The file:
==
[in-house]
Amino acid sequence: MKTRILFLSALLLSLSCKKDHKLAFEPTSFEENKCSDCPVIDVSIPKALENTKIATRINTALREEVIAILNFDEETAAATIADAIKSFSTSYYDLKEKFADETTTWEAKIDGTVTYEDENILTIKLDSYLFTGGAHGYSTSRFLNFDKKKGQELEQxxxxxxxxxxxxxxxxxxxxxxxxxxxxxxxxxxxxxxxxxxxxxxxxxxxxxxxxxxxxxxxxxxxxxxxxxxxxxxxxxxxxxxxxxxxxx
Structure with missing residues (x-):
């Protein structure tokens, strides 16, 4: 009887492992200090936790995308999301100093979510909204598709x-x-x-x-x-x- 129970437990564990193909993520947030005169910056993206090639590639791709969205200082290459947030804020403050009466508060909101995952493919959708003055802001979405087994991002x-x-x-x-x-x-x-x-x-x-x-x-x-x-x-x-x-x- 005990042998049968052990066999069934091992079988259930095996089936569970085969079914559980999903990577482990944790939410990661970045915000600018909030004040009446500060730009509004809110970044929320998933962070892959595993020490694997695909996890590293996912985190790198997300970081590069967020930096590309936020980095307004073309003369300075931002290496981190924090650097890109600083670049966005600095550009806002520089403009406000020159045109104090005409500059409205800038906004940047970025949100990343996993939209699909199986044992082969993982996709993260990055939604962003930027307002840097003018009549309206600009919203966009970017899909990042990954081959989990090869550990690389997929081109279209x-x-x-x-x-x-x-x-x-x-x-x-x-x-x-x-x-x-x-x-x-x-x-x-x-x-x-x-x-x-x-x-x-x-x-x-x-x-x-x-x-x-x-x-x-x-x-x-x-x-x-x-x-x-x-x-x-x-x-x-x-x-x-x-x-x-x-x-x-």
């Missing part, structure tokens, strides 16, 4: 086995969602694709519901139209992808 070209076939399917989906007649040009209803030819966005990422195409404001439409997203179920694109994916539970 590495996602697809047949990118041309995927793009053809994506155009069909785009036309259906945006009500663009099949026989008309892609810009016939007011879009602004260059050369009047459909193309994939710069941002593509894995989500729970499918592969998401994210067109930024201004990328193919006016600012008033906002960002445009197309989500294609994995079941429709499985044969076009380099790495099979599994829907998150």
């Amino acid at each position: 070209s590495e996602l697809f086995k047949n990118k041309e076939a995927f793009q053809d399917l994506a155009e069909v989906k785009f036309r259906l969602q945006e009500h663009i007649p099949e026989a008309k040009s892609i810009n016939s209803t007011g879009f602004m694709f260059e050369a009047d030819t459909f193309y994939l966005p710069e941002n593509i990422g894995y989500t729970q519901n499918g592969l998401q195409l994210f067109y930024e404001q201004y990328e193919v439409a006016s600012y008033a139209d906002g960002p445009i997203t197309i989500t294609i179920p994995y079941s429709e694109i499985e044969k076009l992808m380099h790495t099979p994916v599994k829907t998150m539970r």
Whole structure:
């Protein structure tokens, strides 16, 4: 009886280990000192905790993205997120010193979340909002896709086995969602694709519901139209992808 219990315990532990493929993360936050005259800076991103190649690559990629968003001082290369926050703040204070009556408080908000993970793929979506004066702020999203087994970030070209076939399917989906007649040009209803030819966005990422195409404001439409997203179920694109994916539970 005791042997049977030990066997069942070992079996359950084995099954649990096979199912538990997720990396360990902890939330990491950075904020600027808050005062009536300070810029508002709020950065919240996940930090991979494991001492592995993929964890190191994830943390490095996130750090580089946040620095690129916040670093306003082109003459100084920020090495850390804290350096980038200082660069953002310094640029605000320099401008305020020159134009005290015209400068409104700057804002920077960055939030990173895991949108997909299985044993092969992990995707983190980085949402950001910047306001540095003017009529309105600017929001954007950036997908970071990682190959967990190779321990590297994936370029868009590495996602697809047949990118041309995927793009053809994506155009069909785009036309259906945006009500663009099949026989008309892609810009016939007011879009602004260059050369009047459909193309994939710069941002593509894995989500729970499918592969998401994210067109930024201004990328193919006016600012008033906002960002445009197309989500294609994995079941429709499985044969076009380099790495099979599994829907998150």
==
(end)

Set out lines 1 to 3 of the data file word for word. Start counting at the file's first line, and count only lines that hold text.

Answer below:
[in-house]
Amino acid sequence: MKTRILFLSALLLSLSCKKDHKLAFEPTSFEENKCSDCPVIDVSIPKALENTKIATRINTALREEVIAILNFDEETAAATIADAIKSFSTSYYDLKEKFADETTTWEAKIDGTVTYEDENILTIKLDSYLFTGGAHGYSTSRFLNFDKKKGQELEQxxxxxxxxxxxxxxxxxxxxxxxxxxxxxxxxxxxxxxxxxxxxxxxxxxxxxxxxxxxxxxxxxxxxxxxxxxxxxxxxxxxxxxxxxxxxx
Structure with missing residues (x-):